Fitzgerald Toussaint, RB, Michigan–The Wolverines aren’t really thin at tailback, but I’m not so sure any of them possess the speed and shiftiness that Toussaint brings to the table. Again, he should be perfect for the Rich Rod attack and it wouldn’t surprise me to see him leapfrog a few of the veteran backs on the depth chart.
Andre Debose, WR, Florida–The Gators need a playmaking wide receiver to replace Percy Harvin. While Debose isn’t quite on Harvin’s level athletically (not many are!), he is a talent in his own right. I can see him making an impact as a third receiver, on reverses and on special teams.
Corey Adams, DT, Arizona State–The Sun Devils need bulk up front and Adams is the best interior lineman signed by the program in quite a while. I expect he’ll start right out of the gate and end up as one of the better freshmen linemen in the country when all is said and done.
Shaquelle Evans, WR, Notre Dame–I think Evans will emerge as the third receiver in the Irish offense. With so much attention on Golden Tate and Michael Floyd, he may be an oft-open target for fellow West Coaster Jimmy Clausen. He’s an excellent route runner with good quicks and can catch the ball in a crowd.
David Oku, RB, Tennessee–I know many expect Oku’s fellow incoming freshman teammate Bryce Brown to make a bigger impact–and he just might–but I think with similarly-built Montario Hardesty already in place, there will be less of an inclination to put too much early pressure on the highly-touted Brown. However, Oku could make an immediate splash as a change-of-pace back and as a return specialist.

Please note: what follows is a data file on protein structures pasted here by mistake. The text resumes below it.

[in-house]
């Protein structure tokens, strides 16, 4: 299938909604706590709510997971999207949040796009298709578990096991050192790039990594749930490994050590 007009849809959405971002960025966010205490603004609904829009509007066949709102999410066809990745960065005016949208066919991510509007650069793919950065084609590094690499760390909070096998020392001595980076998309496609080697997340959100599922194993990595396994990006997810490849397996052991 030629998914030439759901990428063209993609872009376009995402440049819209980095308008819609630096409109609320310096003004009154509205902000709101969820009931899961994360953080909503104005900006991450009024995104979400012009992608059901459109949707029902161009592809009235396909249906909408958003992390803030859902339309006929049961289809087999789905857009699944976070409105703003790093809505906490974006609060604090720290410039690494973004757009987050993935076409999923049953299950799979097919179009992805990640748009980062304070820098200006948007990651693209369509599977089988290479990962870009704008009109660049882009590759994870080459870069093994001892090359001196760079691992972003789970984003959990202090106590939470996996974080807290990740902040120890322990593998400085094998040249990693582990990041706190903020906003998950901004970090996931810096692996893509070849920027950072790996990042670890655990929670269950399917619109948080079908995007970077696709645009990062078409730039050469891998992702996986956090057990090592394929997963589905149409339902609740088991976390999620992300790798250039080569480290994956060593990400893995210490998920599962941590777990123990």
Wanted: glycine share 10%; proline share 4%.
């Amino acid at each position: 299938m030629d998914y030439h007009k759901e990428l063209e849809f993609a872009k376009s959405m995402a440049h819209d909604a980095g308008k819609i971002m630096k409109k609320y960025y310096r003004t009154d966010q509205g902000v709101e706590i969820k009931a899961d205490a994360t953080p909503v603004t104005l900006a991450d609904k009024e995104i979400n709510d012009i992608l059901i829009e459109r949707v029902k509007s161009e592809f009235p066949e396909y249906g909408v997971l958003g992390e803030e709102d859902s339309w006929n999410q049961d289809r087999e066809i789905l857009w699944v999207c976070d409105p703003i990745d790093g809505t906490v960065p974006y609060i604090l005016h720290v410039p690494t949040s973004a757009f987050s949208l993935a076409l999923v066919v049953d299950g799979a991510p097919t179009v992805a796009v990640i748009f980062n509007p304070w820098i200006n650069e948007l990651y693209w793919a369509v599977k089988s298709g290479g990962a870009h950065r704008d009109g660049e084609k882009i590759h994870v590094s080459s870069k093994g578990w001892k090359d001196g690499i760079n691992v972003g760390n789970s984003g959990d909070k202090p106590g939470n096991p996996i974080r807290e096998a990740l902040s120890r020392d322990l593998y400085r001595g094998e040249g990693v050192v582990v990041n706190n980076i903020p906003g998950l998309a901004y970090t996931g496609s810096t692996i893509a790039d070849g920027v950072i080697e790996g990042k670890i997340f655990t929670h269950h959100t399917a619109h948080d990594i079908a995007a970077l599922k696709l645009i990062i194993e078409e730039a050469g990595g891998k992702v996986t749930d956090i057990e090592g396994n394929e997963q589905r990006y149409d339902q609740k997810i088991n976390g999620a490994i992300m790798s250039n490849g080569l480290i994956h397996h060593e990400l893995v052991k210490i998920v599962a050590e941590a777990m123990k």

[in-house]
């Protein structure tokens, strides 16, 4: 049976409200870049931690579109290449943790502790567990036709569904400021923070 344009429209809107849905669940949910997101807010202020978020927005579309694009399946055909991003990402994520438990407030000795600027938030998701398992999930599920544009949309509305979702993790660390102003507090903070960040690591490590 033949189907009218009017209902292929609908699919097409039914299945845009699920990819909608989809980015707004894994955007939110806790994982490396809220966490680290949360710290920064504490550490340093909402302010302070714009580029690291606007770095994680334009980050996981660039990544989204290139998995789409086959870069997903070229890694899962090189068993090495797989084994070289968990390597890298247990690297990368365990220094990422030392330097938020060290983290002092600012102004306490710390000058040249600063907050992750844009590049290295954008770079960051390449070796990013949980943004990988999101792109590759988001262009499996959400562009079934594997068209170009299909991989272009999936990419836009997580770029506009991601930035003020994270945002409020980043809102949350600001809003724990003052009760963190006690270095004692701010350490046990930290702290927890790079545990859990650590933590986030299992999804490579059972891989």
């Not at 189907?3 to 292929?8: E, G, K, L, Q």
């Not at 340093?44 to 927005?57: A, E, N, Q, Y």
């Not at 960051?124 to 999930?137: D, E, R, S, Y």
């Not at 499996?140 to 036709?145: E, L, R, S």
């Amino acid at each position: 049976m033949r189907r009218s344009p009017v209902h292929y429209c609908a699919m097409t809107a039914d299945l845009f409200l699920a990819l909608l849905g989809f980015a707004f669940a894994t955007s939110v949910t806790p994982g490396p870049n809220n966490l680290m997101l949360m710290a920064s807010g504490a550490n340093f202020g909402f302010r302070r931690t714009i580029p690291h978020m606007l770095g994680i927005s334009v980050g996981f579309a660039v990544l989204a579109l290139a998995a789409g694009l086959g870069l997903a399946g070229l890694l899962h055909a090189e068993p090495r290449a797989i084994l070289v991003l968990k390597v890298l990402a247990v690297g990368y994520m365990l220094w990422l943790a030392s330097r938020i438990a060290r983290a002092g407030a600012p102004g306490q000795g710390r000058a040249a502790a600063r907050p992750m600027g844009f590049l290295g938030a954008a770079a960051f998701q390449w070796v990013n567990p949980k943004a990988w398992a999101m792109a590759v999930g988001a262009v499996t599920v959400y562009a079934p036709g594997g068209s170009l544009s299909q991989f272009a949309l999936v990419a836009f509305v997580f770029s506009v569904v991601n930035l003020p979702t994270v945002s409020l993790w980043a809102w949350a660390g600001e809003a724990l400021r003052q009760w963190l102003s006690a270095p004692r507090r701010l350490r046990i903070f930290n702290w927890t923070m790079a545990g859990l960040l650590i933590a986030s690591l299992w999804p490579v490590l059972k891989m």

Russell Shepard, QB/WR, LSU–The multi-talented Sheperd could be college football’s version of Kordell Stewart this fall, taking snaps at both quarterback and wide receiver. He’s a bigtime weapon in the open field and no doubt LSU is salivating over the many ways they could use him on offense.
Craig Loston, S, LSU–The Tigers have done pretty well with true frosh safeties of late and it looks like Loston has a great shot at keeping that tradition alive.
Lindsey Lamar and Derrick Hopkins, KR/WR/RB, South Florida–A couple of lightning-quick smurfs who will make an impact for the Bulls on special teams and as all-purpose runners.
Isi Sofele, RB, Cal–Yes, Cal has Best and Vereen, but this guy is magic in the open field (reminds me of a young Chad Morton) and I can see him making an instant impact as a return man and as an occasional change-of-pace guy at tailback.
Travante Stallworth, WR, Auburn–Someone is going to have to catch all the balls thrown in Gus Malzahn’s offense. With very little experience back for the Tigers at wide out, the speedy Stallworth has a chance to emerge as one of the better freshman receivers in the country.
These are just a few of the many freshmen out there who are going to make significant contributions this season. Feel free to offer your choices in the comments section.